A Message from Your #NCTE21 Program Chair

As we work hard to create our 2021 Annual Convention, I want to express my sincere appreciation for the patience, support, and encouragement you have shown NCTE and each other during these difficult, devastating times.  

When I first announced the theme for our 2021 Convention, I shared my hope: “That we will collectively examine our teaching and discuss our research. That we will enter conversations wherever we are in our learning and in our knowing. That we will embrace opportunities to have necessary and difficult conversations about literacy and English language arts. That we will leave more knowledgeable, invested, challenged, and involved in the work of equity, justice, and antiracist teaching with students, with families, with communities, and with each other” (see the complete call for proposals).

Indeed, this is still my hope, especially now, as we invite you—our community of educators—to gather for the Convention. In this gathering, we have an opportunity to reconnect and form new connections with colleagues and friends; to think deeply about equity, justice, and antiracist teaching; to reimagine learning goals and objectives through culturally relevant and sustaining frameworks; and to exchange and embrace teaching and research ideas that center the languages, literacies, and cultures of students, families, teachers, and communities. 

My hope for the Convention is also explicitly connected to the following question posed to us all by NCTE member Gholnecsar (Gholdy) Muhammad: “How does our curriculum and instruction help students to learn about themselves or others?” Her response is just as inspiring as her question: Be motivated to understand, to practice, criticality as “the capacity and ability to read, write, think, and speak in ways to understand power and equity in order to understand and promote anti-oppression.”¹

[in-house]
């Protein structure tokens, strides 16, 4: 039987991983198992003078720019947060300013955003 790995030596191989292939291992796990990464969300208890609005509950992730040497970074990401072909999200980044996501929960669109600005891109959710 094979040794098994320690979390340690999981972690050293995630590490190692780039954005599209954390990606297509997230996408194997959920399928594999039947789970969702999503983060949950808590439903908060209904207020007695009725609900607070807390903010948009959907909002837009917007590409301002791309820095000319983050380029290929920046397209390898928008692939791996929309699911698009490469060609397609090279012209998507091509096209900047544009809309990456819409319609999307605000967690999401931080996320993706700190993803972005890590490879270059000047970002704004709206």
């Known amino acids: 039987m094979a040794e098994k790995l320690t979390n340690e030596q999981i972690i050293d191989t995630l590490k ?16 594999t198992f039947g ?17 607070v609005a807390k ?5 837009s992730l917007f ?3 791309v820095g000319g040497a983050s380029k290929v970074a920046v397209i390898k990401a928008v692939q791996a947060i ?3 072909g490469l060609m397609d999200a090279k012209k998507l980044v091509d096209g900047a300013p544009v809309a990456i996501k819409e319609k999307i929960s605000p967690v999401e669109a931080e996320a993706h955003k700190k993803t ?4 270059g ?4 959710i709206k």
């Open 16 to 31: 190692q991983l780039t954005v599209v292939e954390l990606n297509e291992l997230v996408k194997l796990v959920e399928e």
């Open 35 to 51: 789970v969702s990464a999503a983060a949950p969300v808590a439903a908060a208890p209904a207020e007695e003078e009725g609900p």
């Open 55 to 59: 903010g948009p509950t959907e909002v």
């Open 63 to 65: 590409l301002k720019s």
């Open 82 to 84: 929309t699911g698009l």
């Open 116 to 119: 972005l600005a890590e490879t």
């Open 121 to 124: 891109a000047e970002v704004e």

I ask that we draw on Gholdy’s teachings as we participate in what I believe will be an exciting, energizing, thoughtful, necessary, and creative Convention, filled with:

  • Curricula ideas and actionable, creative, and innovative teaching strategies
  • Sessions that connect learning objectives to equitable practices and research
  • Conversations about ELA and literacy with practitioners, researchers, youth, and families
  • Connections to lessons shared, learned, and implemented from our multiple NCTE literacy gatherings held over the last year and a half 
  • New ideas for aligning our ELA and literacy practices, principles, and scholarship with the literacy interests, needs, and curiosities of students and families  
  • Celebrations of teaching, learning, and leading that will ignite new and expand on existing ideas and commitments for engaged ELA and literacy scholarship. 

So, whether you are a presenter this year or not, and whatever your role—whether you are a classroom teacher, curricular director or designer, school or district leader, student, researcher, author, publisher, exhibitor, sponsor, and/or someone wanting to deepen understandings of equity, justice, and antiracist teaching within a welcoming community of intentional learners—I invite you to join us for NCTE 2021!  

Let us come together to cocreate a healthy, more just world for our students, families, and ourselves. Let us move toward June Jordan’s belief that “we are the ones we’ve been waiting for” (see “Poem for South African Women“), as we reimagine and strengthen our commitments to English language arts and literacy teaching, research, and engagements. Join us this November for an amazing learning experience. 

All my best, 

Valerie Kinloch
NCTE President-Elect
2021 NCTE Annual Convention Program Chair


2021 NCTE Annual Convention Update

Published Thursday, August 26, 2021
Earlier this month, we launched virtual registration for the 2021 NCTE Annual Convention and shared that a decision on an in-person event would be made soon. After nearly a year and a half spent living and working in a global pandemic, we looked forward to being together this November in Louisville, Kentucky. Unfortunately, despite our diligent efforts to plan and hold an in-person gathering, COVID-19’s latest developments have created a public health emergency that necessitates the cancellation of in-person programming. After extensive discussion this week, the NCTE Executive Committee voted to transition to an entirely virtual event.